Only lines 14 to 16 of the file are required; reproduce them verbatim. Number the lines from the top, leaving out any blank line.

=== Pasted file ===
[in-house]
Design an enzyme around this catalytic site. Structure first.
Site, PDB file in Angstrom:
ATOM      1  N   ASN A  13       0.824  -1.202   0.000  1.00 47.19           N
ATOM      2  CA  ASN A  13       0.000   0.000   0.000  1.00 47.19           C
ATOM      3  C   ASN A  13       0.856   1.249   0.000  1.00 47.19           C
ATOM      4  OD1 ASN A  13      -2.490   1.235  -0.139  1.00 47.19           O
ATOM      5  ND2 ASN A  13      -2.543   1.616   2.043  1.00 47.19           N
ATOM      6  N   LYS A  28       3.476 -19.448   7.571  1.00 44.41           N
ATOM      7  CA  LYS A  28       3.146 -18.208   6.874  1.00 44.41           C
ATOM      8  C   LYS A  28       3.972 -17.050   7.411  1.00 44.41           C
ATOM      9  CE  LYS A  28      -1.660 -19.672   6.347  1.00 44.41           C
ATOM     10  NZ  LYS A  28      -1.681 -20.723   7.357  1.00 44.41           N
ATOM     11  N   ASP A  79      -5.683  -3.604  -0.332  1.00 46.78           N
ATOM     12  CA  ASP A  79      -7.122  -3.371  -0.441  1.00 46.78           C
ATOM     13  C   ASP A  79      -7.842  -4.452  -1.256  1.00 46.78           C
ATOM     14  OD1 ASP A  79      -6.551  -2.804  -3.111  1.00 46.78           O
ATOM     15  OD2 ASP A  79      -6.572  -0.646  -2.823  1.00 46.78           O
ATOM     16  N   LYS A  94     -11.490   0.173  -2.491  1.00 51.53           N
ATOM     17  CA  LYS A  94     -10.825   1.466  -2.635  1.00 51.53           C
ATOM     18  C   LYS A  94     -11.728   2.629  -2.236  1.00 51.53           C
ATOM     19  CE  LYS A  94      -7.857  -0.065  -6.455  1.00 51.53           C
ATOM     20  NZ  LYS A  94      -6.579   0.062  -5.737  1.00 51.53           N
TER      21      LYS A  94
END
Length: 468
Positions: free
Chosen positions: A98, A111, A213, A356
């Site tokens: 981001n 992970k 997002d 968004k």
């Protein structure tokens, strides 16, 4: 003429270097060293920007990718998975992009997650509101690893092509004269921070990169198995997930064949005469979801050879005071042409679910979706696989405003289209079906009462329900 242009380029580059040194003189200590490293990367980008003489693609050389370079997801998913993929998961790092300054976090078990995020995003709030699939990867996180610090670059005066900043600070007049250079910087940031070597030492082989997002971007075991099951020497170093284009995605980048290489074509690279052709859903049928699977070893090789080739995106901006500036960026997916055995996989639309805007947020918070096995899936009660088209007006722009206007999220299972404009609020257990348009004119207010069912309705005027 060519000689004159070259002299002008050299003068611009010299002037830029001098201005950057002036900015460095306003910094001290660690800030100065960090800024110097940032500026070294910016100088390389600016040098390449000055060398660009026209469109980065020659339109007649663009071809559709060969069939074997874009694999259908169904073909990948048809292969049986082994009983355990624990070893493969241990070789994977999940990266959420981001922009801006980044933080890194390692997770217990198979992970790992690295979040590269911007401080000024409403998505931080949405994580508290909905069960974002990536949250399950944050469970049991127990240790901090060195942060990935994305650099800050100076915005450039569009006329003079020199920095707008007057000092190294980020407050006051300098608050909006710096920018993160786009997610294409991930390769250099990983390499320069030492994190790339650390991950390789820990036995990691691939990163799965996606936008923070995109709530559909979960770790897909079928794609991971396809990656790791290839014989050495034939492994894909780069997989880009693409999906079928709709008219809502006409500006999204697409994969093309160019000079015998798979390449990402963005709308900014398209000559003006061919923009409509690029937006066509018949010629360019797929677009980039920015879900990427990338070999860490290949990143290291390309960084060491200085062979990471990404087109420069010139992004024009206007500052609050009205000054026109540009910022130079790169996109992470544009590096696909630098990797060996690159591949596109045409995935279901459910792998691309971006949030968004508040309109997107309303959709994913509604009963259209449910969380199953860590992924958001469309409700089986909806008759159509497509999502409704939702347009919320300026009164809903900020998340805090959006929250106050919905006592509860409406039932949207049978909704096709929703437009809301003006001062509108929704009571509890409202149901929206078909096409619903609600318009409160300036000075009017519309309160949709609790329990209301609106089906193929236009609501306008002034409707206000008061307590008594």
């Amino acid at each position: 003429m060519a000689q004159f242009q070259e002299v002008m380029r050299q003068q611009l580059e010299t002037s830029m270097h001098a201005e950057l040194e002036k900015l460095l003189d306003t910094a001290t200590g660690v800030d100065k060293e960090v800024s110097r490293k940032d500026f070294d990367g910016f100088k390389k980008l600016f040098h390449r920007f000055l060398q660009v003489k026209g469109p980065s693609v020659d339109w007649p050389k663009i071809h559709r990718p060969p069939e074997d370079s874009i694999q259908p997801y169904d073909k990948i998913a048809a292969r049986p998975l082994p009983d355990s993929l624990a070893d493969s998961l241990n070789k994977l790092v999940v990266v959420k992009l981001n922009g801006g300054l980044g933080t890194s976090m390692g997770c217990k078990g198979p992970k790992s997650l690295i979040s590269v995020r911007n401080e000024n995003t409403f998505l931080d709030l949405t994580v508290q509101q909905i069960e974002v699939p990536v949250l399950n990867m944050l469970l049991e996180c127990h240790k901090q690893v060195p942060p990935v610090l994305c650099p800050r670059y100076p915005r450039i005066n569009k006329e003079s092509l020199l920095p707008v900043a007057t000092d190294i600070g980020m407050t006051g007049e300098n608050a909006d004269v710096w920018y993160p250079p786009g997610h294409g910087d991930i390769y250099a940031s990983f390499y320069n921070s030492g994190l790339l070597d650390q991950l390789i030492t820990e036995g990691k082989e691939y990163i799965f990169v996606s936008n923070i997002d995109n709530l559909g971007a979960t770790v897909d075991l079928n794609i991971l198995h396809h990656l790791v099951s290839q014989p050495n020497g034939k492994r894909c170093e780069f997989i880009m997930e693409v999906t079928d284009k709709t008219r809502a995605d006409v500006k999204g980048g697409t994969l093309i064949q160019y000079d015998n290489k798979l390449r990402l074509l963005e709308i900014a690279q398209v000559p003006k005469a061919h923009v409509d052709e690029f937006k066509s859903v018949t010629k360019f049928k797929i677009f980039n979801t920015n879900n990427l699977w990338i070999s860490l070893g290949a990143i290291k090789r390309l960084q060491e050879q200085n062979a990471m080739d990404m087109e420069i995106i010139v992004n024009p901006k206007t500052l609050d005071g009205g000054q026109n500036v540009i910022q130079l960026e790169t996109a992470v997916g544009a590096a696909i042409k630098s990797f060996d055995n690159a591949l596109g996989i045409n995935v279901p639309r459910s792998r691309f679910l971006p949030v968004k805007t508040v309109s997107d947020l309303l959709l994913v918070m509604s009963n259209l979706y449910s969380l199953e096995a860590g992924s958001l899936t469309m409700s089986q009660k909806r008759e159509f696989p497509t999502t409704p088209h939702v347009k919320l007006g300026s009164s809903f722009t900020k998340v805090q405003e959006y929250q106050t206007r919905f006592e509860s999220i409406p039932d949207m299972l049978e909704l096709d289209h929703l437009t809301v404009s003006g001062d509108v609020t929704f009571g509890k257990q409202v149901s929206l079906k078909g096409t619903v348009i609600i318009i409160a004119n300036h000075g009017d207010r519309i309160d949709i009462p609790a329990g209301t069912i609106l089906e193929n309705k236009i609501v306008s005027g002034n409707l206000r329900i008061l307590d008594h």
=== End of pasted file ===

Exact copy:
ATOM     11  N   ASP A  79      -5.683  -3.604  -0.332  1.00 46.78           N
ATOM     12  CA  ASP A  79      -7.122  -3.371  -0.441  1.00 46.78           C
ATOM     13  C   ASP A  79      -7.842  -4.452  -1.256  1.00 46.78           C